Kali Ciesemier is a (living and working!) illustrator based in Los Angeles. She graduated from Maryland Institute College of Art. Since graduating, she has taught at Maryland Institute College of Art from 2009 – 2013, University of Arts in Philadelphia in 2015, and the School of Visual Arts from 2015 – 2016.
Her impressive client list includes Amtrak, Boston Globe, Cartoon Network, New Yorker, Google, Harper Collins, LA Times, New York Times, Scholastic, and United Way. She consistently does editorial illustrations for magazine articles, which she posts on her blog along with commentary about her process. Ciesemier also published a graphic novel titled I Am Princess X, about two young best friends whose imaginary princess creation goes viral years after one of the friends is killed in a car accident. Another work by Ciesemier is her contribution to the first issue of the Steven Universe Comic series, entitled, “Steven Chewniverse.” Right now, Ciesemier is working as a freelance illustrator, and is also the color designer for the show OK KO: Let’s Be Heroes!, at Cartoon Network.
I was personally drawn to Ciesemier’s work because of the color and beautiful use of digital mediums. She has an amazing handle on color theory and uses a variety of colors successfully in all her pieces. This is due to her process, she says that she completes a greyscale sketch first, in order to make sure the tones are correct, before going in with color. Her work feels loose, yet very finished, and is well suited to editorial illustration. I love the intentional amount of texture that she manages to fit into all her pieces, without them ever feeling over-worked. I would love to see a video of her drawing process! I love how she doesn’t use outlines in her drawings, they feel alive, and full of movement, yet very polished.
She also hashes out some serious tax and saving advice for illustrators on her blog – pretty cool.
Chris Ware was born on December 29, 1967, in Omaha, Nebraska. His illustration career began in the early 1980’s, when his first comics were published in The Daily Texan, the University of Texas’s student publication. His career really took off in his second year of university, when Art Spiegelman noticed his work and asked him to contribute to his magazine, Raw. The expose and confidence Ware gained from this helped give him momentum moving forward into his career.
After graduating, Ware moved to Chicago, where he began contributing to The Chicago Reader and New City. He published a weekly science fiction serial in the paper Floyd Farland: Citizen of the Future. Eventually, all these comics were compiled and printed in a book. The book brought him much attention and acclaim, but today, he finds it severely embarrassing and tries to destroy all the copies he can find.
Ware has been a regular contributor to the New Yorker. Since 1999, he has illustrated over 25 covers and and made many other contributions to the contents of the magazine. He has published many award winning graphic novels, which form the bulk of his career’s work. Some notable ones are Building Stories, which was named one of the Top Ten Fiction books of the year by both Time Magazine and the New York Times in 2012. His latest graphic novel, Monograph, was recently released.
Ware has also done some exciting and high-profile, non-graphic novel projects. He has done illustrations for This American Life, and a mural for 826 Valencia, a San Francisco literacy project, among others.
Ware’s work is linear and mathematical. His illustrations are precise and somewhat geometric, which makes them well suited to the panel format of graphic novels. His style is realistic, highly detailed, and vividly coloured. Perhaps the most enticing thing about Ware’s work, however, is not even his illustrations but the content – the stories he tells with his art. Like many illustrators, he possesses an uncanny knack for storytelling. Reading some of his comics, I found that his novels read like a screenplay. The dialogue is extremely convincing and the characters are fully realized. My favourite thing about Ware’s work is his insight and expression of the human experience. Some of his favourite topics include isolation, depression, and emotional torment.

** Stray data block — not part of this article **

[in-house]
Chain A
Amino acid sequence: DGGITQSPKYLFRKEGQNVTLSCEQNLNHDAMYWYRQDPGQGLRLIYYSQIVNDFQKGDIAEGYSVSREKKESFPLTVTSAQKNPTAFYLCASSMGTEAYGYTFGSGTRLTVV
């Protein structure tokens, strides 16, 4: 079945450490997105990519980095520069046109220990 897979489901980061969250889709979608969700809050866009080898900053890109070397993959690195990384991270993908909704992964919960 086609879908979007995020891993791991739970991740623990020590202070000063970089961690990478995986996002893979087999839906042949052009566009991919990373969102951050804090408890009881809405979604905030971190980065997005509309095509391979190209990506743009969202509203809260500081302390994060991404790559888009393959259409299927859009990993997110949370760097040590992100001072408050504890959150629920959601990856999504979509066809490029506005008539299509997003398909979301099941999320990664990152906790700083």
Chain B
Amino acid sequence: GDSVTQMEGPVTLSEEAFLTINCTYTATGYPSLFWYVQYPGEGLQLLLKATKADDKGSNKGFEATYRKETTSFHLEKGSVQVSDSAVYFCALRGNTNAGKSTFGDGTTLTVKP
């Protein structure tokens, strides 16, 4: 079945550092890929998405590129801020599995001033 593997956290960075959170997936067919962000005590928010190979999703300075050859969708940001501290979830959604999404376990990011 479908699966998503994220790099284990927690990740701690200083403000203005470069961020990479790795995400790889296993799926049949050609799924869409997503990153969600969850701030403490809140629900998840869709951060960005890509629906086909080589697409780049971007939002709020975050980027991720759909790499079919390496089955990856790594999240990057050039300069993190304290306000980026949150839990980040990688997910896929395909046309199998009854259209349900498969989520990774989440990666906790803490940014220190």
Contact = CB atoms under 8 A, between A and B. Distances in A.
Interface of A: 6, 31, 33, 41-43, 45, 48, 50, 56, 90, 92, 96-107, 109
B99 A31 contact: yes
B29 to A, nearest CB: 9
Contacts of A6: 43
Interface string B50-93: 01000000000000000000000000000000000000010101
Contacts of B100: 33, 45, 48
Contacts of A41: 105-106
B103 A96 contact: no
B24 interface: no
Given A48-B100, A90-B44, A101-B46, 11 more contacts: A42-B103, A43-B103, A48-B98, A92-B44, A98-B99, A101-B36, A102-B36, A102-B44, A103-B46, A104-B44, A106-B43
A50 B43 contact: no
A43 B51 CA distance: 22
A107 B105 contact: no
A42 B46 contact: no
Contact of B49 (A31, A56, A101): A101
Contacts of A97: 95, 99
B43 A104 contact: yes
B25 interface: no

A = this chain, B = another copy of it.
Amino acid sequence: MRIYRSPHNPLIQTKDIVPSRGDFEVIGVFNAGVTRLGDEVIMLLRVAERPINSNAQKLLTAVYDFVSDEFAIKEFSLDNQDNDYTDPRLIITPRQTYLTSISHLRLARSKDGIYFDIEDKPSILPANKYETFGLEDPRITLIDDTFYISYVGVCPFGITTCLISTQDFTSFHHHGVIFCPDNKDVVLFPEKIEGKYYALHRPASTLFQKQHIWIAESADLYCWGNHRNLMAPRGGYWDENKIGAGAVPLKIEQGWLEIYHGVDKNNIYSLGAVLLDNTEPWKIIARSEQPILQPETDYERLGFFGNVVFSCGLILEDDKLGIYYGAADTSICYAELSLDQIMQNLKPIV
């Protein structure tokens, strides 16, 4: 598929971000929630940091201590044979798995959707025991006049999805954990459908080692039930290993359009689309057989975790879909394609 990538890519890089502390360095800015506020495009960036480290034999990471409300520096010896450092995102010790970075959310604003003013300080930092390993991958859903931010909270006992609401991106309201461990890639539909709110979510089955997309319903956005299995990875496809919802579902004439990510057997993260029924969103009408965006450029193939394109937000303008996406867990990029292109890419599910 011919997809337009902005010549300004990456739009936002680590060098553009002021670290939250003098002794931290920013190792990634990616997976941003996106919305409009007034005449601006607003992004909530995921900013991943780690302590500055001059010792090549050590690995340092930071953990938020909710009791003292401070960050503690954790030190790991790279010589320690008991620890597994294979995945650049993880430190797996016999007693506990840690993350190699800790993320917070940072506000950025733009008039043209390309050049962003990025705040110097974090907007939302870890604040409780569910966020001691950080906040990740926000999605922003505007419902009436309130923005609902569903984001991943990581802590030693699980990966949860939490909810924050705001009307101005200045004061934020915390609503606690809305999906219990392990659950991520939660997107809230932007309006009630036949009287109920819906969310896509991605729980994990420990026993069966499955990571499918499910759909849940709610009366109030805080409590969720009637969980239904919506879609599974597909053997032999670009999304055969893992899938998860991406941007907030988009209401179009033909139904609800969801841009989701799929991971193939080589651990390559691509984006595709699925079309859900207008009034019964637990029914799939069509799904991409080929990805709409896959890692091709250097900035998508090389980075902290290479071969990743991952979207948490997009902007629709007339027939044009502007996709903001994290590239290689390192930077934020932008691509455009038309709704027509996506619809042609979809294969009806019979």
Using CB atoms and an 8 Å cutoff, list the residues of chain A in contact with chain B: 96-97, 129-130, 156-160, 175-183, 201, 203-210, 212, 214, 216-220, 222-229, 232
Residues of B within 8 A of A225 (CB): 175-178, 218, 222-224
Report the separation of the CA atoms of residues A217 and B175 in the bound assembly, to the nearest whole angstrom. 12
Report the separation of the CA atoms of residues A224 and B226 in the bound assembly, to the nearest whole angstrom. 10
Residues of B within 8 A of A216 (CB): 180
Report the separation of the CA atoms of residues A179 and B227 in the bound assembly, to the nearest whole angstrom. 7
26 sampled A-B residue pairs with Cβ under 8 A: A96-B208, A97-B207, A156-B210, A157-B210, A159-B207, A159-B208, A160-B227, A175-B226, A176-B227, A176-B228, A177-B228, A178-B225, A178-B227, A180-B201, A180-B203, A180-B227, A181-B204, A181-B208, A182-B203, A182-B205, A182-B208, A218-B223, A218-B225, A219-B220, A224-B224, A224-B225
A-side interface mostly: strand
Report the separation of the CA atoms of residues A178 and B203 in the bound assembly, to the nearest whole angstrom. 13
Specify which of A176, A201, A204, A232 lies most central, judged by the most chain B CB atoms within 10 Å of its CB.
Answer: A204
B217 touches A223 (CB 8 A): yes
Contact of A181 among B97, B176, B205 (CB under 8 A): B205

Tomi Ungerer was born Jean-Thomas Ungerer on November 28, 1931. His father – to whom he attributes his artistic skill – was an artist, historian, and engineer, but died in 1935 when Ungerer was 3 1/2 years old. His childhood was marked by the deep divides of the region he was raised in and the scars of WWII, something he would later explore in his memoir, À la Guerre Comme À La Guerre (A Childhood Under the Nazis). During the war, Alsace was annexed by the Nazis, and French was banned in schools. From then on, until its liberation, the Nazis indoctrinated students every day with their teachings. Ungerer viewed the battles in 1945 that led to the eviction of the German armies from the region, and made drawings of these events.
It was total, systematic brainwashing every day
Ungerer began studying at the Municipal School of Decorative Arts in Strasbourg, but after failing his baccalaureate exams, took time off to hitchhike his way around Europe. In 1956, he headed off to New York City with $60 and his drawings.
Here his first children’s book, The Mellops Go Flying, was published by Ursula Nordstrom of Harper and Row (she would later go on to publish Shel Silverstein), and it met immediate success. This would begin a career of famous children’s books, including Critter, Adelaide, Emil, The Three Robbers, and Rufus. Ungerer also began doing advertising work for the prominent magazines in New York.
The publication of two books aimed at the adult reader, The Underground Sketchbook of Tomi Ungerer and Fornicon, which both featured comical erotic illustrations, led to a change in the nature of his work. This was in part due to the fact that he was no longer considered desirable or appropriate to hire for children’s books, but also because the political climate of the time. The Vietnam war was breaking out, and Ungerer became increasingly invested in political work. A strong supporter of the Civil Rights movement as well as the anti-war movement, he created posters and satire illustrations for both.